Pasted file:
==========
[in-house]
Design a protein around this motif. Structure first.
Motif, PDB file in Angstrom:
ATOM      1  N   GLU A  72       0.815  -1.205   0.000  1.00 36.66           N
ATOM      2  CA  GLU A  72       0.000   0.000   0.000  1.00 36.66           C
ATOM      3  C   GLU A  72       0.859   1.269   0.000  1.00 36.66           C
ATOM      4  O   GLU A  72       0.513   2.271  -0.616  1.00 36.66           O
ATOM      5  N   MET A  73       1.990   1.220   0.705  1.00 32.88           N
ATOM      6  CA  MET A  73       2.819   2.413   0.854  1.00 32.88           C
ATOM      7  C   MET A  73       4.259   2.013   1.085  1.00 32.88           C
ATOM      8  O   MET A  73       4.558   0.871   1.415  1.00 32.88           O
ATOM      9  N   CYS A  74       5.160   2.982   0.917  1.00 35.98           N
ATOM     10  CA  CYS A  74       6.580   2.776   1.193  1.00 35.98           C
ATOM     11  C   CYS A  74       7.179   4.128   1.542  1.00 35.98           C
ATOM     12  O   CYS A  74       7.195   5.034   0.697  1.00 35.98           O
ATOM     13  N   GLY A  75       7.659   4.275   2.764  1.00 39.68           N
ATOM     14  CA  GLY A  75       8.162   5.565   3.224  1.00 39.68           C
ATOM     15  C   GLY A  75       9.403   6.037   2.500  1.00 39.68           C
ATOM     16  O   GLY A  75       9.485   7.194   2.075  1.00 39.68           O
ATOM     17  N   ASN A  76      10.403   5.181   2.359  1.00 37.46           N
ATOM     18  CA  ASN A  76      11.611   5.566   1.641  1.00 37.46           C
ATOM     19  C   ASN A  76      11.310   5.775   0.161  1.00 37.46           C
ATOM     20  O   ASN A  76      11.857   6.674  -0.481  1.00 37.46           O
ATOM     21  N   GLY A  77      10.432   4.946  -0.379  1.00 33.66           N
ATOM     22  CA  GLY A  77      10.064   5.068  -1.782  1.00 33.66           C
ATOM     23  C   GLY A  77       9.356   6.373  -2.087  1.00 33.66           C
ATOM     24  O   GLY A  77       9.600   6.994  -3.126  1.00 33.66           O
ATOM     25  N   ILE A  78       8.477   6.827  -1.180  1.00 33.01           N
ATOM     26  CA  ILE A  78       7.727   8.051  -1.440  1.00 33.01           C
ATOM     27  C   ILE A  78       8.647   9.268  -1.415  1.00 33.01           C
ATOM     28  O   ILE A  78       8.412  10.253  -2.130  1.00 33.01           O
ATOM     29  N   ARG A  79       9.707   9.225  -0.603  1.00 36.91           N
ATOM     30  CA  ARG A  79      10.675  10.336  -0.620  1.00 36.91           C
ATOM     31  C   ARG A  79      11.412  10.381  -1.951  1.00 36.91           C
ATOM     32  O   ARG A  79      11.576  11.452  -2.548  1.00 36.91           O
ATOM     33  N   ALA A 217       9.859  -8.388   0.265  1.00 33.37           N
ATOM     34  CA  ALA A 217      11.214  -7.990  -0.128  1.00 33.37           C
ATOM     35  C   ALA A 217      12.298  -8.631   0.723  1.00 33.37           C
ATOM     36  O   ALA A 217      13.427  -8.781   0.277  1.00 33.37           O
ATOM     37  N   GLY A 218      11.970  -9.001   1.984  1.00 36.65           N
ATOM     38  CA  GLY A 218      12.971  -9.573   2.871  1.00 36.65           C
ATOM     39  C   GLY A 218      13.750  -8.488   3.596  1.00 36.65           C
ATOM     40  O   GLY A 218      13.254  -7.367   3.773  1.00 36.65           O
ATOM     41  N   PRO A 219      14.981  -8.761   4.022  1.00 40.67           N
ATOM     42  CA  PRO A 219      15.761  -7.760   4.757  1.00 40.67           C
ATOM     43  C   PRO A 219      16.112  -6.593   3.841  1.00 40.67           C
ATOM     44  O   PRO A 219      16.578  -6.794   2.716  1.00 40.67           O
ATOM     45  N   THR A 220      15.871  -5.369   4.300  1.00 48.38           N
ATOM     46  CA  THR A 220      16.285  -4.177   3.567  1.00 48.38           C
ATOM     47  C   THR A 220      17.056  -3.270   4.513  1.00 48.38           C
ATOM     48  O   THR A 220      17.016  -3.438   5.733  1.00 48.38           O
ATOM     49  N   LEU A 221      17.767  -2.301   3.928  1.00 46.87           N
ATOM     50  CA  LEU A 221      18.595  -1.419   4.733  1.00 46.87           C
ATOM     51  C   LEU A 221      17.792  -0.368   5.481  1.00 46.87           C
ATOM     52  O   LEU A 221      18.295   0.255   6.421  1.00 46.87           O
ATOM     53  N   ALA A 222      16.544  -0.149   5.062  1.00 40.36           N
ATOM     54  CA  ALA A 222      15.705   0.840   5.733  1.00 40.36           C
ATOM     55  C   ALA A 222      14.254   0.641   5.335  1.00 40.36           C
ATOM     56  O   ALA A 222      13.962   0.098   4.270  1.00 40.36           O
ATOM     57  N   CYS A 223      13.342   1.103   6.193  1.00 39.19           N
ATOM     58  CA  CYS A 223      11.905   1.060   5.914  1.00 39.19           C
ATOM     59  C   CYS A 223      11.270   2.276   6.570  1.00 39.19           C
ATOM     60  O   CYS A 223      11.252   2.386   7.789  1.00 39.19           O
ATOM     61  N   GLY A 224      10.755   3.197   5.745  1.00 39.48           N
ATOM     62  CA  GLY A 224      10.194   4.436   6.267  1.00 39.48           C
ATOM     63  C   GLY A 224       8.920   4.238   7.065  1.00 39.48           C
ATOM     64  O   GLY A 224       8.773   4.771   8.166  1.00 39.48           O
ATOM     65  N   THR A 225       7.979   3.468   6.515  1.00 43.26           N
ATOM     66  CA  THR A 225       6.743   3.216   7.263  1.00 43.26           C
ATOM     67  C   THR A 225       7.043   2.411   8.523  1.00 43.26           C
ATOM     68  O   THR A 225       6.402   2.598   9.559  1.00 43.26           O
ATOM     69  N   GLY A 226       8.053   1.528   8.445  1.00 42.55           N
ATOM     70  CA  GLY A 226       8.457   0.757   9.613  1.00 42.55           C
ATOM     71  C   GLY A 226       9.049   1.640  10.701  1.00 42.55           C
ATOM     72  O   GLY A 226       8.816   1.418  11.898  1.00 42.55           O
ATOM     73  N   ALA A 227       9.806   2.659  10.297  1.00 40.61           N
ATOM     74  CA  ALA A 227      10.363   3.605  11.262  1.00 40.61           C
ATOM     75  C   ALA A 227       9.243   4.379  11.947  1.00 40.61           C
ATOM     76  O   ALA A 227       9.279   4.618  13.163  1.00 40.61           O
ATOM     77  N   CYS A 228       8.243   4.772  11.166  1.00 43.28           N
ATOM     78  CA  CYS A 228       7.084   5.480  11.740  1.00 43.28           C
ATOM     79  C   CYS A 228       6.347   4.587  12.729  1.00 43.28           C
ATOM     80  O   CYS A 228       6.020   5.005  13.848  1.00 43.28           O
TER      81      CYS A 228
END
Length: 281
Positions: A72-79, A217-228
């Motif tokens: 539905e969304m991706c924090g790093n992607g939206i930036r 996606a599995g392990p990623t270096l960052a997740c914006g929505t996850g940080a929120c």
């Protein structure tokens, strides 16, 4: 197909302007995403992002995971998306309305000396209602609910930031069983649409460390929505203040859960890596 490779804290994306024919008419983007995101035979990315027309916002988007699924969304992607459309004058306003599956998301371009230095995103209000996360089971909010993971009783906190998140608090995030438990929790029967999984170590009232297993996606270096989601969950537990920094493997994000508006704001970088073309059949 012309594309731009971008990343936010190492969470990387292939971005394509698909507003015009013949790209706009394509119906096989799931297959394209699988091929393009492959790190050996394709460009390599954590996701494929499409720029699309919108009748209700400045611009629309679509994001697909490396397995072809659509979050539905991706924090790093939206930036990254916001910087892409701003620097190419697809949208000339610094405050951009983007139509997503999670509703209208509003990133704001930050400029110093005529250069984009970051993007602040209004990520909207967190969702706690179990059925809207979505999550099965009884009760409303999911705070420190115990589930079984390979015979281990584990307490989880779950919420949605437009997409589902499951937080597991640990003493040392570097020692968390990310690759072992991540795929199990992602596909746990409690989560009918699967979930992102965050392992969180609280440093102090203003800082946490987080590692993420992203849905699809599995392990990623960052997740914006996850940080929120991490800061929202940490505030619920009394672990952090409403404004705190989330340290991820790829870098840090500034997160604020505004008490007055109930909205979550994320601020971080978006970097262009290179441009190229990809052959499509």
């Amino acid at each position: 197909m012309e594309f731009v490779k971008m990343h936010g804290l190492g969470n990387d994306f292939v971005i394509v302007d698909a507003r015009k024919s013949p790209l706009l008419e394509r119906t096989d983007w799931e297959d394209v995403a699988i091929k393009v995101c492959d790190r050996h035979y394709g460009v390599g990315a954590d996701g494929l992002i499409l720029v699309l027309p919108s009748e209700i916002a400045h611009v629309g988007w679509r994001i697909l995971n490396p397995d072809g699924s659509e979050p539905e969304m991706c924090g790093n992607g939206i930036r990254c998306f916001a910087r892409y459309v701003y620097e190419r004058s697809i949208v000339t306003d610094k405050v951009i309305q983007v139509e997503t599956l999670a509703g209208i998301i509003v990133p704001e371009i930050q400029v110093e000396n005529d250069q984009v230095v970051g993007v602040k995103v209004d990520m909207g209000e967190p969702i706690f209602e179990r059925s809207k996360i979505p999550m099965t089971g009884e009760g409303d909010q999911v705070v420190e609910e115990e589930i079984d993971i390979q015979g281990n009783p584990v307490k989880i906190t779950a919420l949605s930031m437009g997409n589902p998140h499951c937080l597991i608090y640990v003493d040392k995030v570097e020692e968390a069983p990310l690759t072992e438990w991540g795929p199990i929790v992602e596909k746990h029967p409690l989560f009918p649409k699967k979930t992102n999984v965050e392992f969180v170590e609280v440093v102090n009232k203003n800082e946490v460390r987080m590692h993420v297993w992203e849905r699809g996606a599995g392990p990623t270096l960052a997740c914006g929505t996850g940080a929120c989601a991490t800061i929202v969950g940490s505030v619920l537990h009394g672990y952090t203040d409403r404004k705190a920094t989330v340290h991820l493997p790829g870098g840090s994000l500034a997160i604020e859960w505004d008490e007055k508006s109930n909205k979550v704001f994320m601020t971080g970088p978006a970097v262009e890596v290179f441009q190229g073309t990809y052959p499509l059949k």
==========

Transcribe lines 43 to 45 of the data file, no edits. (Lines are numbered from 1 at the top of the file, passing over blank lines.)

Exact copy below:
ATOM     40  O   GLY A 218      13.254  -7.367   3.773  1.00 36.65           O
ATOM     41  N   PRO A 219      14.981  -8.761   4.022  1.00 40.67           N
ATOM     42  CA  PRO A 219      15.761  -7.760   4.757  1.00 40.67           C